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Julien Temple began documenting the Sex Pistols and the Clash while in film school in London. Thirty years later, the director’s credits include several fiction films, but he’s best known for such rock documentaries as Glastonbury. Temple’s latest, Joe Strummer: The Future is Unwritten, is an account of a punk icon who became a friend. The film, which opens today, is warmer and less polemical than Temple’s most recent account of the Pistols, he says:
The Filth and Fury was designed to try to fly the audience into the punk moment. To explain how the fuse was lit. The band to do that through was clearly the Pistols. The film about Joe is a very different thing. It’s following the story of a man’s life over 50 years. Seeing how the culture created him, but also how he changed the culture. It’s a more emotional film in a way, because it is a film about a friendship.
How did your relationships with Strummer and John Lydon differ?
I’ve never really lived with John in the way I did with Joe. I had an intense relationship with the Clash in ’76, ’77. But I had to choose between them and the Pistols. I didn’t see Joe very much for the next 20 years. By a strange accident, he came to live down the road from me in the English countryside. We were living in each others’ houses, looking out for each other’s kids, which is the way to get to know someone very closely. With John, I only see him when I go to L.A., or he’s in London, and it’s very intense.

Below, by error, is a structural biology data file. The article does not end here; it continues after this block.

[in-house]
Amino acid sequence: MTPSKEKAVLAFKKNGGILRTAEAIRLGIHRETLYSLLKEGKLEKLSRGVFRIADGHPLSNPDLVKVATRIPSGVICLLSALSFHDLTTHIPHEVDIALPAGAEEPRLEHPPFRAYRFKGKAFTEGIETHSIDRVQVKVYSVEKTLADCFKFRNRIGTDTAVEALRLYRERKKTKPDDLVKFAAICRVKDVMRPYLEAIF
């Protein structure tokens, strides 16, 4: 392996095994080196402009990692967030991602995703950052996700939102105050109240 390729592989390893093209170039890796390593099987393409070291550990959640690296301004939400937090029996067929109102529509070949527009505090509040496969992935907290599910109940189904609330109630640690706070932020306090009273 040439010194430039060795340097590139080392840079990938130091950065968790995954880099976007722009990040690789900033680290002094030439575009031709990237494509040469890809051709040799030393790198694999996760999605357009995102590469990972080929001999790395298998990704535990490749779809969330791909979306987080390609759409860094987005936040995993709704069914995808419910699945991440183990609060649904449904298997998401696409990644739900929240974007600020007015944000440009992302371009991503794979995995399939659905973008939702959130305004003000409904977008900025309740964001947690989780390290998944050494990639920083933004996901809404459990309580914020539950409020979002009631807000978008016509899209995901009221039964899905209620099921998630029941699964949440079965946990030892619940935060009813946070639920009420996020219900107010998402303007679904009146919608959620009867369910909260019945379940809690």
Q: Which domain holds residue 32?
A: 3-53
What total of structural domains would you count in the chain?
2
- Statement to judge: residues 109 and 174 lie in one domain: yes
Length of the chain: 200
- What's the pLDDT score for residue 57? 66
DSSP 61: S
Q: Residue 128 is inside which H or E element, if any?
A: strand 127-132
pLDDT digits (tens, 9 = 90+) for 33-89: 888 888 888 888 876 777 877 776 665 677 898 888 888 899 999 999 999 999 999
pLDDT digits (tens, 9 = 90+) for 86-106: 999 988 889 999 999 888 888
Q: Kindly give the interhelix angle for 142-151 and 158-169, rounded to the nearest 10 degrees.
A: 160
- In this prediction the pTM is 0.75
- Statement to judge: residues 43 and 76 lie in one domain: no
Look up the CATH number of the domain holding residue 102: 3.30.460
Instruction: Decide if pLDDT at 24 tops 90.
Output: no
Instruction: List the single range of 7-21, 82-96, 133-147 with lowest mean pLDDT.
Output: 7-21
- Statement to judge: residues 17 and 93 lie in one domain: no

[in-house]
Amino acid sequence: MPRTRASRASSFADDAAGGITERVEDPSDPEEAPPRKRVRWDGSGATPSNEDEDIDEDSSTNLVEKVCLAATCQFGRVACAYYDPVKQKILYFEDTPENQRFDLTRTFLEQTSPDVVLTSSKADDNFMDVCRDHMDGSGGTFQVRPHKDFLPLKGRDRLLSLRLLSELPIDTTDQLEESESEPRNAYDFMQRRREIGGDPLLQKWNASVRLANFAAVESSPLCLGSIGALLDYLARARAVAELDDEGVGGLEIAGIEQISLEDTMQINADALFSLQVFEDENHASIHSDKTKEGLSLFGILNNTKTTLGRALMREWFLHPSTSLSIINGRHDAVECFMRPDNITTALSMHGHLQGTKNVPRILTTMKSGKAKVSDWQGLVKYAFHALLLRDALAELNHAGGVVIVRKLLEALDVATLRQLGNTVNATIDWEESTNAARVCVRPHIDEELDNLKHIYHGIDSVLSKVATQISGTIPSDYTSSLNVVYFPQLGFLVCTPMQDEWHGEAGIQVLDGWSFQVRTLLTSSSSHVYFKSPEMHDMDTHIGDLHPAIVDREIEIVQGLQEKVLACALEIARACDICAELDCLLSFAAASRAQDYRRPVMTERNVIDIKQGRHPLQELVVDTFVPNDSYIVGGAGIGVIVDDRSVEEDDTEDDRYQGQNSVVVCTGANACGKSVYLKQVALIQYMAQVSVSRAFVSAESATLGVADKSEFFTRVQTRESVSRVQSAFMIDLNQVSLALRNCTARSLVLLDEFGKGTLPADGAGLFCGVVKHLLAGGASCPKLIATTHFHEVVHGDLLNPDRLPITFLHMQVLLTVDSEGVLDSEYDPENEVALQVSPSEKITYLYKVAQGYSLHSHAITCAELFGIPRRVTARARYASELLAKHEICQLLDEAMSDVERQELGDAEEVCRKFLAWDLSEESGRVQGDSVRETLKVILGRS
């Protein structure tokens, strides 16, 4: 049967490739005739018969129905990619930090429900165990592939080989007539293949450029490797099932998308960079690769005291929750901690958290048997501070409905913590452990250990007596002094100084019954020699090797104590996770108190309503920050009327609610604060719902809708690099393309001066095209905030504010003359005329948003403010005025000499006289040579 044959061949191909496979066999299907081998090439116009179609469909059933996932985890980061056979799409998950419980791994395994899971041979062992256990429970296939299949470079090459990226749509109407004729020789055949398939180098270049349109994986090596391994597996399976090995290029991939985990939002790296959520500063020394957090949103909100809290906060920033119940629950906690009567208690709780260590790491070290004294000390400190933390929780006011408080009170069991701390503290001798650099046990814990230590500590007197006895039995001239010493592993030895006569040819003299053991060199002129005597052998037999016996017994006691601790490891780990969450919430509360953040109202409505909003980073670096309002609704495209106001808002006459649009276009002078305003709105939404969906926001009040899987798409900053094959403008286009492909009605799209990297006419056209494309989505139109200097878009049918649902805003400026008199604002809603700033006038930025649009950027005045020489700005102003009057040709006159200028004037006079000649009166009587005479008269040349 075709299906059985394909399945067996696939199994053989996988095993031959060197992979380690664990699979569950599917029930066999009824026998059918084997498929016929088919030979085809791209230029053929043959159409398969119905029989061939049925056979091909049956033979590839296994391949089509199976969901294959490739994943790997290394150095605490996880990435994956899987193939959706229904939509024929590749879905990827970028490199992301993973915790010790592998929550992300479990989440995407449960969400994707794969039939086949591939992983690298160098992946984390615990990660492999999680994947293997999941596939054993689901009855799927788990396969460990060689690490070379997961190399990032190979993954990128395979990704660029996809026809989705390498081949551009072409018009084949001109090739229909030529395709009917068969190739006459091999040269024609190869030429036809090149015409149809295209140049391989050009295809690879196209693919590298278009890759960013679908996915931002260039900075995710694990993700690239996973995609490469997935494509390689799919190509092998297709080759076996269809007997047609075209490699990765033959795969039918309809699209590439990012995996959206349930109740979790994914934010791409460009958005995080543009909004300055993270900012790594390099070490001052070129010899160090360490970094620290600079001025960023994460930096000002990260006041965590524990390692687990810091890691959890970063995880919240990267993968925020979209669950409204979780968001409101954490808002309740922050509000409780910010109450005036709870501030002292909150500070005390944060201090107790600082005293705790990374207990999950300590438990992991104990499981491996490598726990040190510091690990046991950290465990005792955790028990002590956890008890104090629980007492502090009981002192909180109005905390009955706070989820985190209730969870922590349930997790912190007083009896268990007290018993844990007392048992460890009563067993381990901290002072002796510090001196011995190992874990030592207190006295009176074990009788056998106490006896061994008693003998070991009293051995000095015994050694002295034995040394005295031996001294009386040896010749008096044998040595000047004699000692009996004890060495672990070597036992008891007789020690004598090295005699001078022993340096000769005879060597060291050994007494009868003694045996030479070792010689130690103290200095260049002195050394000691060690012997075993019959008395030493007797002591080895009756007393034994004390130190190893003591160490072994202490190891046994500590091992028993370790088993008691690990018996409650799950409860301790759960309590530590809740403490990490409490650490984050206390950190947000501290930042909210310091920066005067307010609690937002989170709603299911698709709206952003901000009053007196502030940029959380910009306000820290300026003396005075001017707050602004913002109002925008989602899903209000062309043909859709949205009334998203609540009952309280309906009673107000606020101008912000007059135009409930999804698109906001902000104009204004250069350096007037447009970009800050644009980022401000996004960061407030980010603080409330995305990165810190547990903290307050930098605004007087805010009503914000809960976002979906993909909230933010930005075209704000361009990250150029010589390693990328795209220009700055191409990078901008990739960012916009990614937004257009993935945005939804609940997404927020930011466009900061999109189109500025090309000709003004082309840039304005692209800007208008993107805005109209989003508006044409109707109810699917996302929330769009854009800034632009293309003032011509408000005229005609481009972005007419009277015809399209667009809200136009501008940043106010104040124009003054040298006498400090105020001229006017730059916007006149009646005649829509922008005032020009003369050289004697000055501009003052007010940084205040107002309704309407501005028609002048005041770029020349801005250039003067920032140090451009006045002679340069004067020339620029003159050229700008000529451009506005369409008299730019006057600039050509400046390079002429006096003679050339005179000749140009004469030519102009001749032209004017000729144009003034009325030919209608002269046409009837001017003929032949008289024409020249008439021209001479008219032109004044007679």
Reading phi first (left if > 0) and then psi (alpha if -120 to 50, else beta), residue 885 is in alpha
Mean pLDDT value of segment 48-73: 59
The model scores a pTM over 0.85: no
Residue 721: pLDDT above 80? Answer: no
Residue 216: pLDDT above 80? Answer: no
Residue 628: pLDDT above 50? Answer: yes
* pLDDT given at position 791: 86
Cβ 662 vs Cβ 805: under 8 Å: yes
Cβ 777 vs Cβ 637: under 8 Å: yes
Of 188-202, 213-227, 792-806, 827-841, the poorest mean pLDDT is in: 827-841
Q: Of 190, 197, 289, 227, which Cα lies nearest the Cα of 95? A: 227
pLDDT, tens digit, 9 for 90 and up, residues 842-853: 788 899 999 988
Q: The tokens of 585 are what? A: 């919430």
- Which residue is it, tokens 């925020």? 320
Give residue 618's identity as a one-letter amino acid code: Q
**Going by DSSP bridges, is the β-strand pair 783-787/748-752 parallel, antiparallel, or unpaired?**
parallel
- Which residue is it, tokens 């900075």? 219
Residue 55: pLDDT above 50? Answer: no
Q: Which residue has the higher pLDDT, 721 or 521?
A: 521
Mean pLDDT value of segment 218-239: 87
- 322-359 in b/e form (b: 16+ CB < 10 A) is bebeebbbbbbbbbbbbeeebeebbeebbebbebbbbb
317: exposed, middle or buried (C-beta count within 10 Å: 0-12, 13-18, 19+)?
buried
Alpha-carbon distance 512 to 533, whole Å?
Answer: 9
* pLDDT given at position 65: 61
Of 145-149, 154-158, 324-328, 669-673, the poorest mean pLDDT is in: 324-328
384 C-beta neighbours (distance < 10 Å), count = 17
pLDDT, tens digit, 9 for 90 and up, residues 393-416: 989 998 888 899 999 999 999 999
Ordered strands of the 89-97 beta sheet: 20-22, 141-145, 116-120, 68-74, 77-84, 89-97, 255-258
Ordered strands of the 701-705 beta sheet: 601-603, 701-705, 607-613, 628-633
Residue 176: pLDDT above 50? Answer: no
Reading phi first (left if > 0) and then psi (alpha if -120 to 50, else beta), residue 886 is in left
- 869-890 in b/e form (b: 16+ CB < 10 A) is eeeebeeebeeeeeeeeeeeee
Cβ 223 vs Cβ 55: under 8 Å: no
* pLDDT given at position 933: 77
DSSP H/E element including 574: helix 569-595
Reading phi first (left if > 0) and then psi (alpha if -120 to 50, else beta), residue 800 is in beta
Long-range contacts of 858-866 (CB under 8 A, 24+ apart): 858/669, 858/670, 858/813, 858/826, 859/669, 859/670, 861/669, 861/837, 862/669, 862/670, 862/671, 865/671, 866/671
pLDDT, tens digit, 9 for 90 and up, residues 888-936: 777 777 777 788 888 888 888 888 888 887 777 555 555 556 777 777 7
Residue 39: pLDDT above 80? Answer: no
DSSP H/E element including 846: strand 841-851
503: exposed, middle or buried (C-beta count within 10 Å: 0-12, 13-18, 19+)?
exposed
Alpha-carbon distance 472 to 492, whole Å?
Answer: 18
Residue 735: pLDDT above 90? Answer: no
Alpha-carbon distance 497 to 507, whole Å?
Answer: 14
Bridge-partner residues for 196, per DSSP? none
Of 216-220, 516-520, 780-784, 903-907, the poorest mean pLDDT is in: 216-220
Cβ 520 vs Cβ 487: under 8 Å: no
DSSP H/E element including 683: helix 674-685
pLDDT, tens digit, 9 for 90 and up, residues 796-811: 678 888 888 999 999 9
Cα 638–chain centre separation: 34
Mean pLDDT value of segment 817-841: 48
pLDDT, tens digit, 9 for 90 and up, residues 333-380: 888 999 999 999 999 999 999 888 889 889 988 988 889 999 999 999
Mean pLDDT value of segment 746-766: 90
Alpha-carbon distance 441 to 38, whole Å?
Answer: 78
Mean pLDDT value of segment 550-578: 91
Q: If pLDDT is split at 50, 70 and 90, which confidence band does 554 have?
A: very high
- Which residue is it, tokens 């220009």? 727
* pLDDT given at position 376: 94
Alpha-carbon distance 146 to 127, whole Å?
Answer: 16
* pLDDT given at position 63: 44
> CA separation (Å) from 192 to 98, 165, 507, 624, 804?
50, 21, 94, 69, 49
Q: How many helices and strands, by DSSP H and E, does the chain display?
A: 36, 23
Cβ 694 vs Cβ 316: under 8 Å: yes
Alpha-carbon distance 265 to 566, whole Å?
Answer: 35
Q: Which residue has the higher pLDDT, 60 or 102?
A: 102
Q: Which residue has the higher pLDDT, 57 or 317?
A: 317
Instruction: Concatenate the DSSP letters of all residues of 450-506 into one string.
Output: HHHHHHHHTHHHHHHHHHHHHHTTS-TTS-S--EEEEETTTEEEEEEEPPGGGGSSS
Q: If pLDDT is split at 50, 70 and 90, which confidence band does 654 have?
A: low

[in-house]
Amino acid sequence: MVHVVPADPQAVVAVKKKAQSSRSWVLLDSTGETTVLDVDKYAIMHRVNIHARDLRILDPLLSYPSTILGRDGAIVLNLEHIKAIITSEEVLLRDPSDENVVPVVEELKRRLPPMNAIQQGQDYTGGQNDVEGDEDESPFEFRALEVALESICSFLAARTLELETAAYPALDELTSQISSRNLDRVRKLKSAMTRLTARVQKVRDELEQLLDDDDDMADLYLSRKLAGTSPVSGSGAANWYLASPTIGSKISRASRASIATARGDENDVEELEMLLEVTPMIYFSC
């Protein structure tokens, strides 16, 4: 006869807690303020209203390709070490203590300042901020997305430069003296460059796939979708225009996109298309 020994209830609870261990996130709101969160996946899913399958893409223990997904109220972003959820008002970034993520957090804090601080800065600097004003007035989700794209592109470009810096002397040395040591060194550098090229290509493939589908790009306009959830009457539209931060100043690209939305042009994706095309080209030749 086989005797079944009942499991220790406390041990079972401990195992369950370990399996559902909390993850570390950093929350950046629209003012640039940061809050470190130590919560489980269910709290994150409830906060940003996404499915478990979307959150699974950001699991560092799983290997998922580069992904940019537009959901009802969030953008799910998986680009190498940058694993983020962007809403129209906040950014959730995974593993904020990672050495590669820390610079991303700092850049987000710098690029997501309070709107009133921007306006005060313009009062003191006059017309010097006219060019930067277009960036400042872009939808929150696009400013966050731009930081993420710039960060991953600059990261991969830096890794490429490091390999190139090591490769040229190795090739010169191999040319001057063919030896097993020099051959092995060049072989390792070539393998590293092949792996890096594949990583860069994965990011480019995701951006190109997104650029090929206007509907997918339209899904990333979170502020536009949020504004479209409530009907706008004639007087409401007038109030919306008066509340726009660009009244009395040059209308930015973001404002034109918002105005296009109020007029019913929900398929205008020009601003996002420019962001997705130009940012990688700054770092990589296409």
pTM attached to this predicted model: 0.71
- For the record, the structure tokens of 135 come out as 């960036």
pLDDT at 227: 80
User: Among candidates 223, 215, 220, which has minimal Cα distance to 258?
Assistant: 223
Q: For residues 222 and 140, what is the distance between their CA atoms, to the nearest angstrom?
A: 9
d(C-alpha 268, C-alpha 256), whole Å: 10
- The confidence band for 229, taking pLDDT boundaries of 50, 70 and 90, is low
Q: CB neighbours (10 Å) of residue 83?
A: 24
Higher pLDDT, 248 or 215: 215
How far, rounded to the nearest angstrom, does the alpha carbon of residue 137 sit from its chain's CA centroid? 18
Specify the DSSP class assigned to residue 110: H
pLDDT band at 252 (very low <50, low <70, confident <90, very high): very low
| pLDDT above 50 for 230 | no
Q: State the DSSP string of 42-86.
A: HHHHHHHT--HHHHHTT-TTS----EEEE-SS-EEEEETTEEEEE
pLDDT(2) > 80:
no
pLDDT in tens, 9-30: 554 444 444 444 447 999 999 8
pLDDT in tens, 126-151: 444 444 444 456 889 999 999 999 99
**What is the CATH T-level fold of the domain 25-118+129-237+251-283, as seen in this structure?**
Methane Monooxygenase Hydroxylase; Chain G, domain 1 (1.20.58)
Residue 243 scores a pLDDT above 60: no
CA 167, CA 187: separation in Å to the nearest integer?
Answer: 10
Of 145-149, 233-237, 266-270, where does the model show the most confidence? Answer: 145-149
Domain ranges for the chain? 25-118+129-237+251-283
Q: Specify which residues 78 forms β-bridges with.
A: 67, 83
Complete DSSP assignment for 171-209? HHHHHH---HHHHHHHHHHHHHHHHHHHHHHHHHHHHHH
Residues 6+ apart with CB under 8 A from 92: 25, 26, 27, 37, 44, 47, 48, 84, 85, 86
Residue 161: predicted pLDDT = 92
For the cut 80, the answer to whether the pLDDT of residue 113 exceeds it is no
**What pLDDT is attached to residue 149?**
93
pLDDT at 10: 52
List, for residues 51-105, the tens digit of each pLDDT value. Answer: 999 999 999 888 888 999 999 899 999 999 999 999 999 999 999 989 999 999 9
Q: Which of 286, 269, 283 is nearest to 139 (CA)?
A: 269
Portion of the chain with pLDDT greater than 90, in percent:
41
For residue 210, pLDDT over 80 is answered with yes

It’s probably also a class thing, which unfortunately underpins life in Britain, still. I was from more of a similar background to Joe’s. As a result, I probably shared intellectual interests more easily. I do think John is a brilliant thinker. There’s something about his personality that’s unnerving to everybody. Which made him the one who could spark that movement.
The first time I interviewed Strummer, in 1989, he described 1977 London as stultifying.
In those days, the three TV channels turned off at 11 o’clock. Everything shut down. We were always very aware that New York City or somewhere was not like that. Britain was still very much a Victorian society, despite the attack on that in the ’60s. London was a white city with no respect for any immigrant culture. Punk helped break that down.
You largely skip Give ‘Em Enough Rope, the second Clash album.
Partly because I didn’t like it very much. It was worrying to me at the time. It sounded like they were going in a more heavy-metal direction. And I knew that Joe didn’t like that album was much as others.
You filmed reminiscences around campfires. That must have hard to shoot.
Yeah, it was. But I liked that it was quite a punk-rock thing. We didn’t have any electricians; we didn’t have any lights. We just lit it with the fire. Recording conversations was difficult, and at times I would take people to another fire, 30 meters away or something, and record it there.
The campfires started at festivals like Glastonbury. That’s one of the great things about Glastonbury; it’s a city of campfires, 180,000 when you look down the hill. Joe had one, which became very different. It was a kind of ideas factory, people exchanging their life experiences. An incredible mixture of people, and Joe would be DJing. That’s where the Mescaleros came from.
Why did you decide not to ID the participants on screen?
No one had name-tags around these campfires. “Hi, I’m Mandy from Hertz rent-a-car.” But more importantly, I like the idea that there’s a bit of detective work: Who is this person? Why do they look like that? It invites you think around it a bit more. I did suggest that, at the end, we put the photograph next to the credit, but we didn’t have the money, apparently. You could say “John Perkins, school friend.” But then you’d also have to say, “Bono, rock star.” There are some ironies in it.